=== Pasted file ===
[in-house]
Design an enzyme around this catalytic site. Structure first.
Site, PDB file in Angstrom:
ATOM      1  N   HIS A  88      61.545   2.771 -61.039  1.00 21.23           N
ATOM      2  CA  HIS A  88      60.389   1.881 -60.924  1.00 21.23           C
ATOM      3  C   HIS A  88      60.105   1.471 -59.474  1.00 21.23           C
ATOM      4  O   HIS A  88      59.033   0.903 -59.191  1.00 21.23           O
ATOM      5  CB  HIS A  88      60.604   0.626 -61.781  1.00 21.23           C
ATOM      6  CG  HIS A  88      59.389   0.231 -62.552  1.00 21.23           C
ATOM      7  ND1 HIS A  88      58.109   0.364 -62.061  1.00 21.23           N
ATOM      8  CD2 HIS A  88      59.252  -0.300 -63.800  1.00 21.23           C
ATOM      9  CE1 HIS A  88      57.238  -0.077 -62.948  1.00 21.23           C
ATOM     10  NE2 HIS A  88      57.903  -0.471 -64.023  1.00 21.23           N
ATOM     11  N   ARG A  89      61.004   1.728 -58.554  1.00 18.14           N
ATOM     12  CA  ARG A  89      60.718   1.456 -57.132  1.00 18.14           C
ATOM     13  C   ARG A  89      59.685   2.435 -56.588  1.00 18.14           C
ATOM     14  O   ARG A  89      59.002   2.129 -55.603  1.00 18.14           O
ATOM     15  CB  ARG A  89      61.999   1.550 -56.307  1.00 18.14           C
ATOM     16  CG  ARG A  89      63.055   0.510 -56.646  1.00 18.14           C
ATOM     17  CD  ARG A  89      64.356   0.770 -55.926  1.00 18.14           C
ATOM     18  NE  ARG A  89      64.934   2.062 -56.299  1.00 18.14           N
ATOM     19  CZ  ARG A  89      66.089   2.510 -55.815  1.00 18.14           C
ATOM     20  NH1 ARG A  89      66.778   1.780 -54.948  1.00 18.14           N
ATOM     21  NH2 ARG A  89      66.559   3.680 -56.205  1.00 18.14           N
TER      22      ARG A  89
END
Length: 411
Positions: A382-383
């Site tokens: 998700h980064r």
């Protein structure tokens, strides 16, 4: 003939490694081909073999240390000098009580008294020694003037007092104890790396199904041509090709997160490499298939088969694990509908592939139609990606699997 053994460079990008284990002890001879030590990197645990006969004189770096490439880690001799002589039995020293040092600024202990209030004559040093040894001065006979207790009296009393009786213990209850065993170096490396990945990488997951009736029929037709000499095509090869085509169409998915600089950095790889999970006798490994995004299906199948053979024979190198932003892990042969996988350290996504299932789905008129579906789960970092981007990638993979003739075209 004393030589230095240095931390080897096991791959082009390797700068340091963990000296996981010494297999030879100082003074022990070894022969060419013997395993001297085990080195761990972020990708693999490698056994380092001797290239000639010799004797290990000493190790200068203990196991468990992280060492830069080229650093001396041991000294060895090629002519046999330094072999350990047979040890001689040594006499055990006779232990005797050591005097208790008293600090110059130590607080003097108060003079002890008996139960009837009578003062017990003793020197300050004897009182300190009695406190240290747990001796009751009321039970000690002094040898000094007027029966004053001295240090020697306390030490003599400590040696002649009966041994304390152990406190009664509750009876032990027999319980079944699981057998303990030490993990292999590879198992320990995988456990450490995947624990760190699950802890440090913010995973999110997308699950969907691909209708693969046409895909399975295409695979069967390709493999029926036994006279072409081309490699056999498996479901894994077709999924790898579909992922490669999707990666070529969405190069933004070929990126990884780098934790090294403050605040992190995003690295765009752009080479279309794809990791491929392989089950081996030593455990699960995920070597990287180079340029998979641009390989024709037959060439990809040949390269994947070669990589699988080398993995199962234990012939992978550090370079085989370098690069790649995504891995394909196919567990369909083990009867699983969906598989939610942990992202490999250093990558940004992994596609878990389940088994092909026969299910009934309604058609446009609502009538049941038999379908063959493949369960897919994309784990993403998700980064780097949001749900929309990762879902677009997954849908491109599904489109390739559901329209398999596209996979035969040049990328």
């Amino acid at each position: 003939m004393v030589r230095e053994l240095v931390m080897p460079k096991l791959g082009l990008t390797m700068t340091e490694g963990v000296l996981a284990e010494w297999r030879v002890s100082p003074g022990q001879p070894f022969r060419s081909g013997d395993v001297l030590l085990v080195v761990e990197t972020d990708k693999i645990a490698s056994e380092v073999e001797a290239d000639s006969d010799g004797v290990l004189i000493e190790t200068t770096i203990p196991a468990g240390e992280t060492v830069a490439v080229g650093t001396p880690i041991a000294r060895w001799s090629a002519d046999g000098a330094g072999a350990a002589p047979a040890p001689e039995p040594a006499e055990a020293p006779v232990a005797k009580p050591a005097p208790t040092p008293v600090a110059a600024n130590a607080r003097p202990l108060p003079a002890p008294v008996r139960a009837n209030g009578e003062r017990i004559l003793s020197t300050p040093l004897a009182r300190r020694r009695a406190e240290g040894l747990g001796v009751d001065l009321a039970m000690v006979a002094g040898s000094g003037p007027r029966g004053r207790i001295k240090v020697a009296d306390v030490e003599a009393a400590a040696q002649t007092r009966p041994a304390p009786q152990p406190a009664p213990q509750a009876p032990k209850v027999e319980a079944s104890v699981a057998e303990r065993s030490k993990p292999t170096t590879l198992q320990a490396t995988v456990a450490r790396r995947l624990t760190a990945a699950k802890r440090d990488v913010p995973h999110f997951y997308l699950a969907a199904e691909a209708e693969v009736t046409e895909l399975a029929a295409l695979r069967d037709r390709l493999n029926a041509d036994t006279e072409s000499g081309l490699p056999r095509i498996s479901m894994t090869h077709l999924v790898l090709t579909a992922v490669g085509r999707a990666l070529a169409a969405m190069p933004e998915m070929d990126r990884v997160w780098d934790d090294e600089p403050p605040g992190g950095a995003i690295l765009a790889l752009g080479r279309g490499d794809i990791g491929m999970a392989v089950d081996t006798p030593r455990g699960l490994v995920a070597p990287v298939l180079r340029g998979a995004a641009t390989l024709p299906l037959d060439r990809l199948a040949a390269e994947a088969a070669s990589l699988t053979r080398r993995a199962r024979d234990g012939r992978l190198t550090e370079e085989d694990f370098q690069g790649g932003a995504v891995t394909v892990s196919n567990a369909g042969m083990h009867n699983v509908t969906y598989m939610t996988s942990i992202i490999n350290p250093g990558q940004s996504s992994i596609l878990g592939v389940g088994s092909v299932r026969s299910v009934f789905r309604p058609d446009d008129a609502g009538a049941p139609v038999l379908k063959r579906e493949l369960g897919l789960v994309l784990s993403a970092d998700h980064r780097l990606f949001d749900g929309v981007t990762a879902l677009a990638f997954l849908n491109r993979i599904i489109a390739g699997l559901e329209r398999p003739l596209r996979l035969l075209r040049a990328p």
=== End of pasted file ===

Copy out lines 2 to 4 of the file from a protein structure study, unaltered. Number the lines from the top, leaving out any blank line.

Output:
Design an enzyme around this catalytic site. Structure first.
Site, PDB file in Angstrom:
ATOM      1  N   HIS A  88      61.545   2.771 -61.039  1.00 21.23           N